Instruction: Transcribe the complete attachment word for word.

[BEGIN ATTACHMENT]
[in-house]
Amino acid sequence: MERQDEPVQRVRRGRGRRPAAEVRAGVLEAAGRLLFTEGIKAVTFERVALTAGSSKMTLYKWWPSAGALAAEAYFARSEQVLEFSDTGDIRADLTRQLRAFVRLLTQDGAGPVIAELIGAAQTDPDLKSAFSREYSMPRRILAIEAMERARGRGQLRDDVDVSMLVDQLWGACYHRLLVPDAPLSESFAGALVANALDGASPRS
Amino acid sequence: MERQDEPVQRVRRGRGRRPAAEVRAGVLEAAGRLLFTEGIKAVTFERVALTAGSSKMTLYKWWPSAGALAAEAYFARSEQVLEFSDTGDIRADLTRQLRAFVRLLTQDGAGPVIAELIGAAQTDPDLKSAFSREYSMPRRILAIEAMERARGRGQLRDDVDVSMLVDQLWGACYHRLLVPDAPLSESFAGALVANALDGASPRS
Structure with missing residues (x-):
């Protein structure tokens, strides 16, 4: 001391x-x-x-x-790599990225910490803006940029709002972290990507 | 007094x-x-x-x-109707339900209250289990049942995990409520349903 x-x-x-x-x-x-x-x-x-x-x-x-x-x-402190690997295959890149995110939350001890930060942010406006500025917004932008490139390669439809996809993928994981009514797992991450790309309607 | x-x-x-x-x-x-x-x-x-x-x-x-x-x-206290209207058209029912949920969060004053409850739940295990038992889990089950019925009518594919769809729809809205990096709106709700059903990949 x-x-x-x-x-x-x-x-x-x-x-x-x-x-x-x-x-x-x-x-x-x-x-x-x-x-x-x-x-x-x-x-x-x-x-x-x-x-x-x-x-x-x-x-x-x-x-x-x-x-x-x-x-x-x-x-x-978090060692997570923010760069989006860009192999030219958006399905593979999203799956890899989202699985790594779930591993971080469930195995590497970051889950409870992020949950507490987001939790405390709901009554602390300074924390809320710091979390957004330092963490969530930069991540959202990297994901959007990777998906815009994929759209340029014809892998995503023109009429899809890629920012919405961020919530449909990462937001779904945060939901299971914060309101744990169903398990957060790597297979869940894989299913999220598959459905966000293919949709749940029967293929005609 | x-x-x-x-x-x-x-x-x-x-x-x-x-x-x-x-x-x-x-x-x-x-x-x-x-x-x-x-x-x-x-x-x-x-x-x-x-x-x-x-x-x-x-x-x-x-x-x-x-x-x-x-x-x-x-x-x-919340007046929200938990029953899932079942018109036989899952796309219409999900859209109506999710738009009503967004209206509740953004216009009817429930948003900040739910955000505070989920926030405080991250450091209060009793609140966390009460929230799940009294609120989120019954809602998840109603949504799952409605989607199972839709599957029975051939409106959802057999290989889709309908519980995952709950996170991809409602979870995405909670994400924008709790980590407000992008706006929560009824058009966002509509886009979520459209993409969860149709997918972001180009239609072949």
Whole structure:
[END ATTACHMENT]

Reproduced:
[in-house]
Amino acid sequence: MERQDEPVQRVRRGRGRRPAAEVRAGVLEAAGRLLFTEGIKAVTFERVALTAGSSKMTLYKWWPSAGALAAEAYFARSEQVLEFSDTGDIRADLTRQLRAFVRLLTQDGAGPVIAELIGAAQTDPDLKSAFSREYSMPRRILAIEAMERARGRGQLRDDVDVSMLVDQLWGACYHRLLVPDAPLSESFAGALVANALDGASPRS
Amino acid sequence: MERQDEPVQRVRRGRGRRPAAEVRAGVLEAAGRLLFTEGIKAVTFERVALTAGSSKMTLYKWWPSAGALAAEAYFARSEQVLEFSDTGDIRADLTRQLRAFVRLLTQDGAGPVIAELIGAAQTDPDLKSAFSREYSMPRRILAIEAMERARGRGQLRDDVDVSMLVDQLWGACYHRLLVPDAPLSESFAGALVANALDGASPRS
Structure with missing residues (x-):
């Protein structure tokens, strides 16, 4: 001391x-x-x-x-790599990225910490803006940029709002972290990507 | 007094x-x-x-x-109707339900209250289990049942995990409520349903 x-x-x-x-x-x-x-x-x-x-x-x-x-x-402190690997295959890149995110939350001890930060942010406006500025917004932008490139390669439809996809993928994981009514797992991450790309309607 | x-x-x-x-x-x-x-x-x-x-x-x-x-x-206290209207058209029912949920969060004053409850739940295990038992889990089950019925009518594919769809729809809205990096709106709700059903990949 x-x-x-x-x-x-x-x-x-x-x-x-x-x-x-x-x-x-x-x-x-x-x-x-x-x-x-x-x-x-x-x-x-x-x-x-x-x-x-x-x-x-x-x-x-x-x-x-x-x-x-x-x-x-x-x-x-978090060692997570923010760069989006860009192999030219958006399905593979999203799956890899989202699985790594779930591993971080469930195995590497970051889950409870992020949950507490987001939790405390709901009554602390300074924390809320710091979390957004330092963490969530930069991540959202990297994901959007990777998906815009994929759209340029014809892998995503023109009429899809890629920012919405961020919530449909990462937001779904945060939901299971914060309101744990169903398990957060790597297979869940894989299913999220598959459905966000293919949709749940029967293929005609 | x-x-x-x-x-x-x-x-x-x-x-x-x-x-x-x-x-x-x-x-x-x-x-x-x-x-x-x-x-x-x-x-x-x-x-x-x-x-x-x-x-x-x-x-x-x-x-x-x-x-x-x-x-x-x-x-x-919340007046929200938990029953899932079942018109036989899952796309219409999900859209109506999710738009009503967004209206509740953004216009009817429930948003900040739910955000505070989920926030405080991250450091209060009793609140966390009460929230799940009294609120989120019954809602998840109603949504799952409605989607199972839709599957029975051939409106959802057999290989889709309908519980995952709950996170991809409602979870995405909670994400924008709790980590407000992008706006929560009824058009966002509509886009979520459209993409969860149709997918972001180009239609072949």
Whole structure: